Drones: fresh efforts by the EC to put safety first
The European Commission is giving a fresh push to speed up the implementation of EU-wide rules for the use of drones in the European Union.
More than 1200 safety occurrences - including near-misses between drones and aircrafts - were reported in Europe in 2016, which underlines the pressing need for a modern and flexible EU regulatory framework. The Commission is therefore calling on the European Parliament and the Council to agree on its proposal from December 2015 establishing an EU-wide framework for drones. Pending this adoption, the Commission's Single European Sky Air traffic management Research Joint Undertaking (SESAR) – whose role is to develop the next generation of European Air Traffic Management – is making half a million euro available to support the demonstration of “geo-fencing” services. Geo-fencing can automatically prevent drones from flying into restricted zones, such as the vicinity of airports.
Commissioner for Transport Violeta Bulc said: "Drones offer tremendous opportunities for new services and businesses. That is why we want Europe to be a global leader. I am confident our modern and flexible regulatory framework will give rise to new European champions in this sector. But safety always comes first. If we don't move fast enough, the near misses between drones and airplanes could one day have disastrous consequences. I am therefore calling on the European Parliament and the Council to swiftly agree on our proposal from December 2015."
Ensuring that drones can safely integrate the airspace alongside other users (such as aircraft) is fundamental. This is why the Commission proposed in November 2016 to create an automated traffic management system for drones operating at low-level, referred to as the “U-space”. Geo-fencing is a key component of the U-space.
The call for proposals announced recently by SESAR aims to select one project demonstrating the active geo-fencing of drones flying below 500 feet (around 152 meters). It requires that drones users are provided with up-to-date information on no-fly zone as well as real-time alerts if they enter one. The project will build on the geolocation capabilities which are built-in in many drones today.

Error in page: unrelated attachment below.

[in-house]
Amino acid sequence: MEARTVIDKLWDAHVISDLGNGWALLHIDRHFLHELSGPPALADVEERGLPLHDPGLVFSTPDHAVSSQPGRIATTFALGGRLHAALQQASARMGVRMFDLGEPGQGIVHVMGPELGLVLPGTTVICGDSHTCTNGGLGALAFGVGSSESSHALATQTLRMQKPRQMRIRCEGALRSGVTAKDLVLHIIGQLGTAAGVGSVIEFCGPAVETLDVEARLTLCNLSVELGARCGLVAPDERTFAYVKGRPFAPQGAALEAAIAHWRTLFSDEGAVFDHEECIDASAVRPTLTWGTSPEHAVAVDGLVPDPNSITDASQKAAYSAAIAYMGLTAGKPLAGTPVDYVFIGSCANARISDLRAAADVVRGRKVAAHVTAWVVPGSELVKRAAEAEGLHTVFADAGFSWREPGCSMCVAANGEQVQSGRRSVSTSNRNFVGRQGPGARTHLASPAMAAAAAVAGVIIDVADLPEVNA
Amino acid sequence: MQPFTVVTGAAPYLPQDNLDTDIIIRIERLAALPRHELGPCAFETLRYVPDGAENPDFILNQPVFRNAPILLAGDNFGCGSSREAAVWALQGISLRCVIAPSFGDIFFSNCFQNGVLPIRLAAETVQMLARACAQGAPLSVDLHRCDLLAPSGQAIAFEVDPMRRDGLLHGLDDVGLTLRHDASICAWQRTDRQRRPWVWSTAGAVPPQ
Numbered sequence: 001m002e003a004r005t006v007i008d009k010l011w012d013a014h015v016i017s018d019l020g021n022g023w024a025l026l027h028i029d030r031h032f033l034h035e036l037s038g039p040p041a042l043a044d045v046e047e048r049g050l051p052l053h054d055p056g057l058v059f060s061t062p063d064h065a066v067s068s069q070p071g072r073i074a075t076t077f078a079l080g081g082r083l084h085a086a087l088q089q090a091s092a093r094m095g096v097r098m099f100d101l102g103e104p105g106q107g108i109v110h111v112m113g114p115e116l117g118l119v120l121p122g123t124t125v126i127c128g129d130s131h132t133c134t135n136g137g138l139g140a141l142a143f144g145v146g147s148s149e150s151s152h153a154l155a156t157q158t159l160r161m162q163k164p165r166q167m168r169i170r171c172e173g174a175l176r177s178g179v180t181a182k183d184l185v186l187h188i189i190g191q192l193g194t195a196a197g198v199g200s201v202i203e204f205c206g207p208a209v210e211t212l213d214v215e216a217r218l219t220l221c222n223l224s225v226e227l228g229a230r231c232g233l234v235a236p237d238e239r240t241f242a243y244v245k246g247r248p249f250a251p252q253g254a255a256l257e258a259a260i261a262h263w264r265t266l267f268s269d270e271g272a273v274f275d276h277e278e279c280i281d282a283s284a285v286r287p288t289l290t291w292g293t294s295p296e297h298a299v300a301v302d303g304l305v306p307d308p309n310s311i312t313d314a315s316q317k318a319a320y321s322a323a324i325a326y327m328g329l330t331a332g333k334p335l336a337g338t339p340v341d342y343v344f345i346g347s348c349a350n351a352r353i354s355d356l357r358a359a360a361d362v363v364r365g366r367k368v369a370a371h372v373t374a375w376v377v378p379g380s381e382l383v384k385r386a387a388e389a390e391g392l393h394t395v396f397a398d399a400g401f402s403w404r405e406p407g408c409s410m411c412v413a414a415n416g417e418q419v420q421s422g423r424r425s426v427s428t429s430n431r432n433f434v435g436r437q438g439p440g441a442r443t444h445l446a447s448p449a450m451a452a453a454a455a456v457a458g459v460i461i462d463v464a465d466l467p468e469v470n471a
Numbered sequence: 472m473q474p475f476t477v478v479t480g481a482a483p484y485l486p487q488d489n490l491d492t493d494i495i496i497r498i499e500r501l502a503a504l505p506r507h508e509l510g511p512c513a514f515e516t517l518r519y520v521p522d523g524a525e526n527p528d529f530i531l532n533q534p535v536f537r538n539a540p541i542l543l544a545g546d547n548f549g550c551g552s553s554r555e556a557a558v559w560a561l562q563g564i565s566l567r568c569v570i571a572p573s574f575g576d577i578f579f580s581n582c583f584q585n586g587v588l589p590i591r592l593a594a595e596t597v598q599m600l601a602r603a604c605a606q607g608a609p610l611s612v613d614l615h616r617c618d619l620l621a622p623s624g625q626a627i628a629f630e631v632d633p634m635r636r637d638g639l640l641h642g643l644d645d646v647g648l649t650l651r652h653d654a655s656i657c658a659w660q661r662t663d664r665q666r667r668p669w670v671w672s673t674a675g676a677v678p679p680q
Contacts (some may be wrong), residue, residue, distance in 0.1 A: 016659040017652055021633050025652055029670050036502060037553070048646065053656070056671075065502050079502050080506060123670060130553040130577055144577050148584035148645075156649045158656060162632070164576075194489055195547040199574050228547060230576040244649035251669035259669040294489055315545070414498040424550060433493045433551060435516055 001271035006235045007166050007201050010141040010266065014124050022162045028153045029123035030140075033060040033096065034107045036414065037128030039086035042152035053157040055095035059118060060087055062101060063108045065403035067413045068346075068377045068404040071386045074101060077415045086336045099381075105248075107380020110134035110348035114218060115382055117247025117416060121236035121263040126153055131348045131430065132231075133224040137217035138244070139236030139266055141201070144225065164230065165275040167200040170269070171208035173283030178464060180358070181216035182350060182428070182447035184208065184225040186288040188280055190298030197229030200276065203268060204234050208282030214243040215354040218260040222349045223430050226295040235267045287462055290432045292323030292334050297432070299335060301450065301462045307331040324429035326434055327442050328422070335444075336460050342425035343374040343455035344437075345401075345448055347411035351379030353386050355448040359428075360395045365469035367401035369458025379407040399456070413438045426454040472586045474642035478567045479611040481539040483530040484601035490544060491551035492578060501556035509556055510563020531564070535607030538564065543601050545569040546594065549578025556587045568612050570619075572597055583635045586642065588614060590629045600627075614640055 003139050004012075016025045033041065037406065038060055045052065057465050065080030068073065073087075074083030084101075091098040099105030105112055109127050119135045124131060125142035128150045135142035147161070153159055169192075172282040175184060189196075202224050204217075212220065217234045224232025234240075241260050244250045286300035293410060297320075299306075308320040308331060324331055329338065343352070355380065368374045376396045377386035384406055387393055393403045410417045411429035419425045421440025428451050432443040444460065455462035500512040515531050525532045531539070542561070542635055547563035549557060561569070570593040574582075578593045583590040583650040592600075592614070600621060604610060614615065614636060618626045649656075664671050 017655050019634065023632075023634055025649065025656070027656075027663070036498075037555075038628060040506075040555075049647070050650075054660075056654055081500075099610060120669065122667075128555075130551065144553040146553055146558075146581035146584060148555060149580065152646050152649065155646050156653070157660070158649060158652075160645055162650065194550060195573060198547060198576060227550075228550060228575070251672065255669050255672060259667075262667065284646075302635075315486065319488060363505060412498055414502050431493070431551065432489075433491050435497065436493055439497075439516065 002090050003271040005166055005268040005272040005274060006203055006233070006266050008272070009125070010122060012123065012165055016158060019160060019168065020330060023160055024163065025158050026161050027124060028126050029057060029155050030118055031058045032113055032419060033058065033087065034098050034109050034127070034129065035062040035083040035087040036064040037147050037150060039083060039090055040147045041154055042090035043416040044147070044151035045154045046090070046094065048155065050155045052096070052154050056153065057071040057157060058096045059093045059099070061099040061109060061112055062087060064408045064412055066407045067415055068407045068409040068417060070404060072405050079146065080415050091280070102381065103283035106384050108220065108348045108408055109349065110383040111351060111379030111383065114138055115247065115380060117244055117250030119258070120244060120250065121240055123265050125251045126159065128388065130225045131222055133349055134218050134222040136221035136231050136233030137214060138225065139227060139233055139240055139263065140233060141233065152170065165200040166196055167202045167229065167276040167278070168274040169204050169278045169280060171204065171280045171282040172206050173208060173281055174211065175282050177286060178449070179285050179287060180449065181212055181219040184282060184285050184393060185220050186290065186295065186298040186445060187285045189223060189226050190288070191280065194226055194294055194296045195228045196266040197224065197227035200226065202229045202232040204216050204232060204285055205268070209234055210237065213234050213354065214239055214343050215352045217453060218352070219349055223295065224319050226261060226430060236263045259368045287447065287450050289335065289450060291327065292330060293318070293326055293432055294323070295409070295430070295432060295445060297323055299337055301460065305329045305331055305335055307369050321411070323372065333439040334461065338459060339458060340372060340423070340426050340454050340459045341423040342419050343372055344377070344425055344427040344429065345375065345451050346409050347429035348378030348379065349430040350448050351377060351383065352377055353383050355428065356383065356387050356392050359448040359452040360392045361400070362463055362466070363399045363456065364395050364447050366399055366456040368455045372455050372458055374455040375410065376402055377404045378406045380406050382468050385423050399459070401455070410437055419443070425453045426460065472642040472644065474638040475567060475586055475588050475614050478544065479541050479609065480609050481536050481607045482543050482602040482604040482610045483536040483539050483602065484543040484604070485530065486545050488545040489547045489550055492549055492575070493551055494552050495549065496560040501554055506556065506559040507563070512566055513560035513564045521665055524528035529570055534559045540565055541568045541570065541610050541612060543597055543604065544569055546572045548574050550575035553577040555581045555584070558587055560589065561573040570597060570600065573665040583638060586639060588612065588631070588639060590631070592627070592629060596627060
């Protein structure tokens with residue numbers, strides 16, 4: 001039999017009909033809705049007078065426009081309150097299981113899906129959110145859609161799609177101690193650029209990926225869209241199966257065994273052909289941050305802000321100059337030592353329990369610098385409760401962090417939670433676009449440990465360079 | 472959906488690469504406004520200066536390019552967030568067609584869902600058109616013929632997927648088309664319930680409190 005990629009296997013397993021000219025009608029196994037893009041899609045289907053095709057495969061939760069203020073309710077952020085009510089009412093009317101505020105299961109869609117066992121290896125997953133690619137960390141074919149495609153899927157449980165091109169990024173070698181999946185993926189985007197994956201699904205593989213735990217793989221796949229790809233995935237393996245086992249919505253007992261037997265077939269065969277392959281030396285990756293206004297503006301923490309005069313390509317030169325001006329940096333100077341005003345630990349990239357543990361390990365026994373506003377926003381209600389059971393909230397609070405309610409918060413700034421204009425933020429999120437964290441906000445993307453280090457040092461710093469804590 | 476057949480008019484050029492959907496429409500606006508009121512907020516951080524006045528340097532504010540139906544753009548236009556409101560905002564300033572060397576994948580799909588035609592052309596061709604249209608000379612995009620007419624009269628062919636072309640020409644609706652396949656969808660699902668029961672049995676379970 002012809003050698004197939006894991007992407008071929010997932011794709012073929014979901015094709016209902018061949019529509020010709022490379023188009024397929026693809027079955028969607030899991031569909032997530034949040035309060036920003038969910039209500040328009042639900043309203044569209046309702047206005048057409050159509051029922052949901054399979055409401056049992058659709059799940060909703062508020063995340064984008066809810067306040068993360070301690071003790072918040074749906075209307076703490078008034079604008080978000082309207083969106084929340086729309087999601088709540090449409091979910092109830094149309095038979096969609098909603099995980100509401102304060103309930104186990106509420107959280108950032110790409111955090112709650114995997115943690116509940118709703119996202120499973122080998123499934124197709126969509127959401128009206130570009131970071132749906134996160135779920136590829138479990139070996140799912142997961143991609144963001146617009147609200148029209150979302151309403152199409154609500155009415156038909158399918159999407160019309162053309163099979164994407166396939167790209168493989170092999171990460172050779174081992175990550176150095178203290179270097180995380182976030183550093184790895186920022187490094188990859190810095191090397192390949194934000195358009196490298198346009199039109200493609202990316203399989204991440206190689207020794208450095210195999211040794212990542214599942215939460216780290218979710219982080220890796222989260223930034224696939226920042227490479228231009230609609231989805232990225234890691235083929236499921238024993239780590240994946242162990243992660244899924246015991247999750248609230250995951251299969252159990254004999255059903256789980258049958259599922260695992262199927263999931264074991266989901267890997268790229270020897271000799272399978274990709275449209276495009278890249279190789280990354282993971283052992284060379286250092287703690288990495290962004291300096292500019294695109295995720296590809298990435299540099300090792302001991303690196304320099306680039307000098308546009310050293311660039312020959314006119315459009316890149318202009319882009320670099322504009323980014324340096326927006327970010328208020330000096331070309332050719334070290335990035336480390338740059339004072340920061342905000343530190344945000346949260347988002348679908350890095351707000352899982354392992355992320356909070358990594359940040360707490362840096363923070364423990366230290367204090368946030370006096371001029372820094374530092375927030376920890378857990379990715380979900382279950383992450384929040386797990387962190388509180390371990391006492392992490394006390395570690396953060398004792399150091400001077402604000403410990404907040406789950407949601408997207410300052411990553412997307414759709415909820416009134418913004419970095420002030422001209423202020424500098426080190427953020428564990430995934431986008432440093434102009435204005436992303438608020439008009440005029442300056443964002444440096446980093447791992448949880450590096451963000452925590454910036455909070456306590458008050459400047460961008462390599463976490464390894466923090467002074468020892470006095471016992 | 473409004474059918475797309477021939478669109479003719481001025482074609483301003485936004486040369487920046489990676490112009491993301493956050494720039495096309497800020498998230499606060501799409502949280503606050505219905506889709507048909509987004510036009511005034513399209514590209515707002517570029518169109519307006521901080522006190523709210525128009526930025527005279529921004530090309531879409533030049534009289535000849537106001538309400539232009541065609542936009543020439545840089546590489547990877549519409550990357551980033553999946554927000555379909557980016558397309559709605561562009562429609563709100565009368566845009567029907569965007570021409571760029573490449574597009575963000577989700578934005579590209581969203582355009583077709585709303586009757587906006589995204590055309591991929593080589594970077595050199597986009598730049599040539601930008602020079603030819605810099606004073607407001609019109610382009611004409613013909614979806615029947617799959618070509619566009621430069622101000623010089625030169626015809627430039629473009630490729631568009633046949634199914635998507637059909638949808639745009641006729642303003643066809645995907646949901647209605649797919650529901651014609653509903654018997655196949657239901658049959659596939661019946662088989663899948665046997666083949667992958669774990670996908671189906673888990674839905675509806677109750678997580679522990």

The funding comes on top of an envelope of 9 million euros that has already been earmarked for exploratory projects to speed up the development of the U-space, such as the automatic identification of drones or drone-to-drone communication.
In December 2015, the Commission proposed to create an EU-wide framework for drones as part of its Aviation Strategy. It tabled a legislative proposal establishing standards for drones and drone operations, which is still being examined by the European Parliament and the EU Member States.
In addition, it is necessary to ensure that drones can safely integrate into the airspace. Following the Commission's proposal to create the U-space, the Single European Sky Air traffic management Research Joint Undertaking (SESAR) produced a "blueprint" fleshing out the concept. Geo-fencing is one of the basic principles identified. It uses satellite positioning to create a virtual geographic boundary and automatically prevent drones from flying close to certain areas, such as airports.
Over the past years, an increasing number of 'near misses' – where a drone flies very close to a civilian aircraft – has been recorded across Europe. While it is very difficult to collect reliable data, evidence from the European Aviation Safety Agency (EASA) suggests that there could have been more than 2100 safety "occurrences" involving drones between 2010 and 2016. Of these, 1200 were recorded in 2016 alone. More information is available here .
The funding which is announced today has been requested by the European Parliament as a specific preparatory action. It will last for 15 months. More information is available here.
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